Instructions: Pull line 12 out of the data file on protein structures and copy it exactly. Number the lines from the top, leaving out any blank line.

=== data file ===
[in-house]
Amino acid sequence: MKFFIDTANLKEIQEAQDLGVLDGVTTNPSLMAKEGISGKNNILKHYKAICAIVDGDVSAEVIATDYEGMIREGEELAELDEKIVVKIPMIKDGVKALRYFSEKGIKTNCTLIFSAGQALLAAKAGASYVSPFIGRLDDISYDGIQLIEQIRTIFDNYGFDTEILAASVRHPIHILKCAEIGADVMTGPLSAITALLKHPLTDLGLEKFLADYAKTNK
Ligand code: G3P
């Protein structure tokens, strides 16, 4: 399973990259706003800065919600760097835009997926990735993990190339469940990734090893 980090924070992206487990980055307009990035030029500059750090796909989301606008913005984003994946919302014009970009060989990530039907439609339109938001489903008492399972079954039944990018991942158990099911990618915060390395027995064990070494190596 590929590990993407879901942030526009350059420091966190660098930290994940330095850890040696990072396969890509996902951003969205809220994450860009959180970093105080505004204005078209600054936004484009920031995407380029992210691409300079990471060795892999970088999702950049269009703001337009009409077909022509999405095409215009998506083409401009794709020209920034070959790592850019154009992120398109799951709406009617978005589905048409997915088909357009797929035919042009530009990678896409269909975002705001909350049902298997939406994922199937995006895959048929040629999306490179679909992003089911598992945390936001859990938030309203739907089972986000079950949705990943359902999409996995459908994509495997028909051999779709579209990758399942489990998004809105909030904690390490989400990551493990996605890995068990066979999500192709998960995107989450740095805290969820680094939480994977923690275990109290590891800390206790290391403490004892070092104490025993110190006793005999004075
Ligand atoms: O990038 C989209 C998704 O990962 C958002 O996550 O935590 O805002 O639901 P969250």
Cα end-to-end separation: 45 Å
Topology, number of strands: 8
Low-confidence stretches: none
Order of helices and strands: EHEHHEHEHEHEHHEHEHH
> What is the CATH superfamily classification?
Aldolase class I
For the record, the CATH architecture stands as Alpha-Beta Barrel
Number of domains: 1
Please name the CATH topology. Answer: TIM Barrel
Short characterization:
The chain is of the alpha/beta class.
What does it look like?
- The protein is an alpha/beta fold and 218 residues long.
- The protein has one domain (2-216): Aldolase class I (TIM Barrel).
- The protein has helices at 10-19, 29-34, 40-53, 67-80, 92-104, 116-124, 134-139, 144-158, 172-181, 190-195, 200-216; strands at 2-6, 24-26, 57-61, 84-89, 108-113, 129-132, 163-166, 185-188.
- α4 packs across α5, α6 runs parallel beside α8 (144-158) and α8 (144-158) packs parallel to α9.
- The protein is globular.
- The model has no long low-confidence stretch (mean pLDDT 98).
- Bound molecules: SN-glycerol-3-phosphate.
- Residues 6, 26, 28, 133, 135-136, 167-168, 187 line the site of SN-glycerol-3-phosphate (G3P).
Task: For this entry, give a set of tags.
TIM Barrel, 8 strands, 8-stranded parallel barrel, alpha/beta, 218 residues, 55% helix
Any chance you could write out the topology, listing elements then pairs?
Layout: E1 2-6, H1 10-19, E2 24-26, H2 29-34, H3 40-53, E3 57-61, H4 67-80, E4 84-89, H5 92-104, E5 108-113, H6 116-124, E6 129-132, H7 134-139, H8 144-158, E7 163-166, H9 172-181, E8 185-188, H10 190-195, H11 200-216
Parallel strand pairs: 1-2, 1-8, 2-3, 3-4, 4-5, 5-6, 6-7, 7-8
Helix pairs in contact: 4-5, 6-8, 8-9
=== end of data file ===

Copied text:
For the record, the CATH architecture stands as Alpha-Beta Barrel